Weekly Market Update – 19 July 2021

Data strong but is growth moderating?

Once again, we find ourselves back in lockdown. Victoria’s snap 5-day lockdown which follows the ongoing lockdown in Greater Sydney saw the ASX seesaw back and forth last week.

Employment data continues to trend in the right direction with June’s data improving once again. However, we have to expect some short to medium term reversal here in the coming months with Australia’s two most populous cities locked down simultaneously.

Additionally, recent RBA forecasts for Australia’s GDP to grow by 4.75% in 2021 are more than likely going to need to be revised downwards.  Preliminary estimates indicate a possible contraction of up to -1.4% from national economic output in the September quarter.

Whilst income and employment will remain supported somewhat through Federal and State government assistance the rosy outlook has been somewhat tempered by the recent spate of lockdowns with the health of the economy in 2H21 now at greater risk.

Is global growth moderating?

Perhaps the risk to the Australian economy is simply mirroring that of other major markets.

China’s central bank recently cut capital adequacy requirements for banks meaning less cash is required to be held on reserve. The reduction in the reserve requirement ratio by 0.5% aims to release additional liquidity into the economy in a move that aims to further fuel growth.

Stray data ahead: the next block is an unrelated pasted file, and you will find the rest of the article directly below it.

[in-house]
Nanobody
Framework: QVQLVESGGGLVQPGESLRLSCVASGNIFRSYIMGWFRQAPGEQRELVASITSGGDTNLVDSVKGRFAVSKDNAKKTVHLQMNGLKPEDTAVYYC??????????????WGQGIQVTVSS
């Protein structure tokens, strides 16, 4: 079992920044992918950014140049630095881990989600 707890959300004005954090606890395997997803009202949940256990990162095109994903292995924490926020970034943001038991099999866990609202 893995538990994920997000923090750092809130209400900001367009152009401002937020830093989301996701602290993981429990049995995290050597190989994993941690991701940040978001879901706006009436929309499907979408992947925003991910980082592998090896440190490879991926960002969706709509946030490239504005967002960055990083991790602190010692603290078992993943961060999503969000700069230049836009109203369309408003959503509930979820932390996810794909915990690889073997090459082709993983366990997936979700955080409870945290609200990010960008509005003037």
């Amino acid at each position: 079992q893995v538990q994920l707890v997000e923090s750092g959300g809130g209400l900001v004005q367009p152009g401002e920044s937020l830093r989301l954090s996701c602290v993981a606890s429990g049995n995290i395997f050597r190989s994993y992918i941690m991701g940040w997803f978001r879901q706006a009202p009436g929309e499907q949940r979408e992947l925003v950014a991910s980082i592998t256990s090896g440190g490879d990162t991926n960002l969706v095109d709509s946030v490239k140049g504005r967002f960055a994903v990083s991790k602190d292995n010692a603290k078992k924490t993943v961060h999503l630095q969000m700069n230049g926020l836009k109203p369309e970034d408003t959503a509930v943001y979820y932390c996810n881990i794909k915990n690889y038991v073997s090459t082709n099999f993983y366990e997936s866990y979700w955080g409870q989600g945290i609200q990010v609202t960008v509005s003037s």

This pivot to easing signals heightened growth risks and will see $206b of Chinese Yuan equivalent released into the economy commencing last Thursday.

The move comes as Chinese GDP growth halved in Q2 growing by +7.9% compared to +18.3% in Q1. On an annual basis Chinese GDP remains strong at 12.7% but the slowing in Q2 suggests some of the rapid expansion we have become used to following the COVID selloff may be moderating somewhat.

Further supporting the notion that growth may be easing was Federal Reserve Chairman Jerome Powell’s comments around inflation and the US economy.

Inflationary data released last week showed headline inflation climbed to 5.4% in June from 5% in May – its fastest rate of growth in consumer prices in 13 years.

Powell continues to view inflation as transitory believing it will “remain elevated in coming months before moderating” but importantly said that the recovery had not progressed enough to being paring back the central bank’s monthly asset purchases.

This tells us that the central banks from two of the world’s largest economies are cognisant of a possible slowdown in growth and remain committed to stimulating their economies.

Our view on US inflation extends beyond transitory. We believe there are persistent price pressures that will ultimately cause the Federal Reserve to reposition its thinking. For instance, the food price index which measures increases to the cost of food doubled in June, whilst housing costs also climbed the most in six months in June.